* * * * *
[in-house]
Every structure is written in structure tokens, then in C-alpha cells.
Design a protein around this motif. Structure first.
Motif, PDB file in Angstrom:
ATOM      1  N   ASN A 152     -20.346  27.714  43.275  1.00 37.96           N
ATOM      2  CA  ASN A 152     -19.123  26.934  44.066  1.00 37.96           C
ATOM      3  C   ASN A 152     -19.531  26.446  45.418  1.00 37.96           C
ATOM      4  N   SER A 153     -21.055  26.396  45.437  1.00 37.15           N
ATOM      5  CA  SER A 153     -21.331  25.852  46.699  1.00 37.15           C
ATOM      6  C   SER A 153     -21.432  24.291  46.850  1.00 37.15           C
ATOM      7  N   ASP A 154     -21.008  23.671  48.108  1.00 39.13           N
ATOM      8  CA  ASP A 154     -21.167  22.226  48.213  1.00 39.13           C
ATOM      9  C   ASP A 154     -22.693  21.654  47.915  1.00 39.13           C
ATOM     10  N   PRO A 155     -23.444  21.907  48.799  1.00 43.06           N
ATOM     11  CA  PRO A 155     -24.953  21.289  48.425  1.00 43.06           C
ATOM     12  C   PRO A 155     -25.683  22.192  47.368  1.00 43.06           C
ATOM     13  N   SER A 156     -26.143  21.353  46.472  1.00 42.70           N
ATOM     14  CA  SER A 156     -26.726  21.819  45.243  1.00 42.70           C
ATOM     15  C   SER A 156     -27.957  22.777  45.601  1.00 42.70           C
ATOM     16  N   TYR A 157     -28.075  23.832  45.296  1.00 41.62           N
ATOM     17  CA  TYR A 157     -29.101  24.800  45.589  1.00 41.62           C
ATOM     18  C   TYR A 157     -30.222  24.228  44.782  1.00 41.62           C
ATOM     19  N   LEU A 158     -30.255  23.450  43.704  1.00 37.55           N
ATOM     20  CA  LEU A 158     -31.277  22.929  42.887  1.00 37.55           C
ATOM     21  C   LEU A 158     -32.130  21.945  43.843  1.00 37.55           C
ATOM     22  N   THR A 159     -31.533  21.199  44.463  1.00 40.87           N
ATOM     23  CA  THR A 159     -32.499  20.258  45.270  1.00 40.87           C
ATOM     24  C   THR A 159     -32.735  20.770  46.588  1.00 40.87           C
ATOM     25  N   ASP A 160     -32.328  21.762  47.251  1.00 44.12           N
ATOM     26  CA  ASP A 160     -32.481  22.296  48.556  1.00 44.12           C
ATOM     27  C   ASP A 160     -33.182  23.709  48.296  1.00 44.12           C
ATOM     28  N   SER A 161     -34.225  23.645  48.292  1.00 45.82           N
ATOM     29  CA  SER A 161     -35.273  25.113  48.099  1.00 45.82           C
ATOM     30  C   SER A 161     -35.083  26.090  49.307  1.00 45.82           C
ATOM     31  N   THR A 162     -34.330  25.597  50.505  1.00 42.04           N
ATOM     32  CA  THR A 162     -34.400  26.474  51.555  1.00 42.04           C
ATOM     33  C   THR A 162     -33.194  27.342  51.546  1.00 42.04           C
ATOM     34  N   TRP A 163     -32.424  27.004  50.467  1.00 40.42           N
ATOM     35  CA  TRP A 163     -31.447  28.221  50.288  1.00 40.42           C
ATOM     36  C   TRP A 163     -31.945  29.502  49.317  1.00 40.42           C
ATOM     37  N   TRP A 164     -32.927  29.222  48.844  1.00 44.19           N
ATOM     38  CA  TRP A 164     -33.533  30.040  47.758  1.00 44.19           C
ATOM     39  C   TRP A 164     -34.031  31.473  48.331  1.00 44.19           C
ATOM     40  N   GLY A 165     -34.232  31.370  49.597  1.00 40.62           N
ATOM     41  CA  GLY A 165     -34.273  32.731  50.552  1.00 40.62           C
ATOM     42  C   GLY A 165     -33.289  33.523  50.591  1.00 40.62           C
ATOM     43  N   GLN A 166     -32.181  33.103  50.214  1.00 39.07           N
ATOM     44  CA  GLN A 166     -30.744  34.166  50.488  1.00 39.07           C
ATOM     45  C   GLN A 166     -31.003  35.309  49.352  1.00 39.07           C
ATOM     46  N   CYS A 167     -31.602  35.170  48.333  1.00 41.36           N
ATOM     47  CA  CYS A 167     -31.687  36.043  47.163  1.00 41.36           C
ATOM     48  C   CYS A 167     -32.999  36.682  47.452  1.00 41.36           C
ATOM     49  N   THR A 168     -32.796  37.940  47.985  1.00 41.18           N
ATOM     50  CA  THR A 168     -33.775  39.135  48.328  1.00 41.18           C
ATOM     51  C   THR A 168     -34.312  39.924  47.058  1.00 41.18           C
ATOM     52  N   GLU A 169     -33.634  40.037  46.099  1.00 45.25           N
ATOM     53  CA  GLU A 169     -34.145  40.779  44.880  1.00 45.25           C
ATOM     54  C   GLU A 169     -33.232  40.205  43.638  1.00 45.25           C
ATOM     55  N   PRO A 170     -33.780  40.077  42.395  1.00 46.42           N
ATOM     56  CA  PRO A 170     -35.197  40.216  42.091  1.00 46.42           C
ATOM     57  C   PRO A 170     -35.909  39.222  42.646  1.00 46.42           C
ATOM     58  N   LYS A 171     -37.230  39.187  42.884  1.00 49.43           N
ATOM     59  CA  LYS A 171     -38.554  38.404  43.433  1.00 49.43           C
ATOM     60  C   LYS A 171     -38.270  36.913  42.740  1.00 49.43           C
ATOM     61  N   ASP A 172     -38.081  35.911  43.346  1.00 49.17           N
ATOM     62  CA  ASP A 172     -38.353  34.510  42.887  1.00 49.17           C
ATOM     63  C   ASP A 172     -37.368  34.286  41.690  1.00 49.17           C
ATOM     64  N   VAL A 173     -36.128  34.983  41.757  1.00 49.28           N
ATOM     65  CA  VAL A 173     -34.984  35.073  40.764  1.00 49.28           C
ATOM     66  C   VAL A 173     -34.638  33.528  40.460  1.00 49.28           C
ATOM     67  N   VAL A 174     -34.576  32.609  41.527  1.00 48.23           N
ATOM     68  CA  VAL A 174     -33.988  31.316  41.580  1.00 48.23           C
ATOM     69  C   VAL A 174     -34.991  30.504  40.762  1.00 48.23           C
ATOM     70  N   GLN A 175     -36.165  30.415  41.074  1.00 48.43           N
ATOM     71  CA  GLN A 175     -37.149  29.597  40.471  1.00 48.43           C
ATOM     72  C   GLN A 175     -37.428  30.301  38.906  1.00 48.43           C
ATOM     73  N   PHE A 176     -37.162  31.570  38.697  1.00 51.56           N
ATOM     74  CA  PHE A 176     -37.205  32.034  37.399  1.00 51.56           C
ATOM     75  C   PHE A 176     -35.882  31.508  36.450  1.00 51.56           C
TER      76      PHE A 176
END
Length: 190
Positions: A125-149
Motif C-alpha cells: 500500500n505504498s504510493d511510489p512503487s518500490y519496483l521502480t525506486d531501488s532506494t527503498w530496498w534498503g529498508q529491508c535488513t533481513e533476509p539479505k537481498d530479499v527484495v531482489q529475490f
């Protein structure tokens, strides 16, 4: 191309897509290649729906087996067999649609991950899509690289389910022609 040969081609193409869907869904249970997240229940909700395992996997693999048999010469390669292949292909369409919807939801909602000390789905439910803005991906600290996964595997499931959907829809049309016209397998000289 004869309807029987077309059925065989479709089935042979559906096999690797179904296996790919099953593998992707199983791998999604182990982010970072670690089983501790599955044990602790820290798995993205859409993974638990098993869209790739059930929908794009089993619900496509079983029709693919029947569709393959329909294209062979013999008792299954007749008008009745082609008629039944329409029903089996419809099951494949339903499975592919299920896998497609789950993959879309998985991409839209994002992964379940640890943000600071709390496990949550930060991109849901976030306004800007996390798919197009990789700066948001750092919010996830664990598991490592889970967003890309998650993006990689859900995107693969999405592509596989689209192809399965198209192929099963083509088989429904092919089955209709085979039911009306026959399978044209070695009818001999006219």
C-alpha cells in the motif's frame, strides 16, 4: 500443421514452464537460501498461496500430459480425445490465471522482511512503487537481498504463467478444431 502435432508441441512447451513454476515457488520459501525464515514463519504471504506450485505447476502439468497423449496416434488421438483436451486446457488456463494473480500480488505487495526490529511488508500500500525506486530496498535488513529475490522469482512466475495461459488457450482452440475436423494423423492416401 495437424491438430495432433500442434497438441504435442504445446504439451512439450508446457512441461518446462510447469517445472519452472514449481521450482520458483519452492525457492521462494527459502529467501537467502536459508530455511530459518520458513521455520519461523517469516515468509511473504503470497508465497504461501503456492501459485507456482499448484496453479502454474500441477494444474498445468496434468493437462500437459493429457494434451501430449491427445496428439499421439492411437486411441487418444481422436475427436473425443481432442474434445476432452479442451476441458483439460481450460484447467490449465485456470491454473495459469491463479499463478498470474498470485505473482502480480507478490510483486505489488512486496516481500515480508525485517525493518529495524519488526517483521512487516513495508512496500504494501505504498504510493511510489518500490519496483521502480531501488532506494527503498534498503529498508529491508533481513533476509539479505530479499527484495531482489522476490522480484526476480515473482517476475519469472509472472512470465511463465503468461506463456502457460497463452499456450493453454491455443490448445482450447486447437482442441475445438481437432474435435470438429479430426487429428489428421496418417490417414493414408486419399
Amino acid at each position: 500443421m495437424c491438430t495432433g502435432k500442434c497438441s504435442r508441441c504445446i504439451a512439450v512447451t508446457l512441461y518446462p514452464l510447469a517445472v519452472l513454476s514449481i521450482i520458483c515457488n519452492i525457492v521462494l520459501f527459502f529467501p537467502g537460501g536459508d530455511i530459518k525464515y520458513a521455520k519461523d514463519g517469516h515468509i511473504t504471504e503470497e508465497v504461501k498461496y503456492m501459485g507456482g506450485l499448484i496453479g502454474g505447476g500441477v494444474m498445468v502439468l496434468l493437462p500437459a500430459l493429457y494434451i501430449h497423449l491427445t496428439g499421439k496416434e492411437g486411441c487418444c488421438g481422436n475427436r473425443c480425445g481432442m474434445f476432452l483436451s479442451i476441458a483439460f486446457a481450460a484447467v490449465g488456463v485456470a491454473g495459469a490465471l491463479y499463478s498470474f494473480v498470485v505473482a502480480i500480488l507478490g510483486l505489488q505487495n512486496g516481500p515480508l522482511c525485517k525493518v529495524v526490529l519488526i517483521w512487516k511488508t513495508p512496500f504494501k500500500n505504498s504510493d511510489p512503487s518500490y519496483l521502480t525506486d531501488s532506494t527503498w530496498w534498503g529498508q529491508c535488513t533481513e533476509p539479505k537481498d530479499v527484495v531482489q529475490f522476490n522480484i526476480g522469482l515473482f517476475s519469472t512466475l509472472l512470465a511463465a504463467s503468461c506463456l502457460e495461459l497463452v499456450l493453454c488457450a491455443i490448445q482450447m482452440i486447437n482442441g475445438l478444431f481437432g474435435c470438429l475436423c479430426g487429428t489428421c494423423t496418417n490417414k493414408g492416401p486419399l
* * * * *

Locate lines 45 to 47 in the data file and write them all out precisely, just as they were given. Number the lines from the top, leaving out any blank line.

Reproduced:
ATOM     41  CA  GLY A 165     -34.273  32.731  50.552  1.00 40.62           C
ATOM     42  C   GLY A 165     -33.289  33.523  50.591  1.00 40.62           C
ATOM     43  N   GLN A 166     -32.181  33.103  50.214  1.00 39.07           N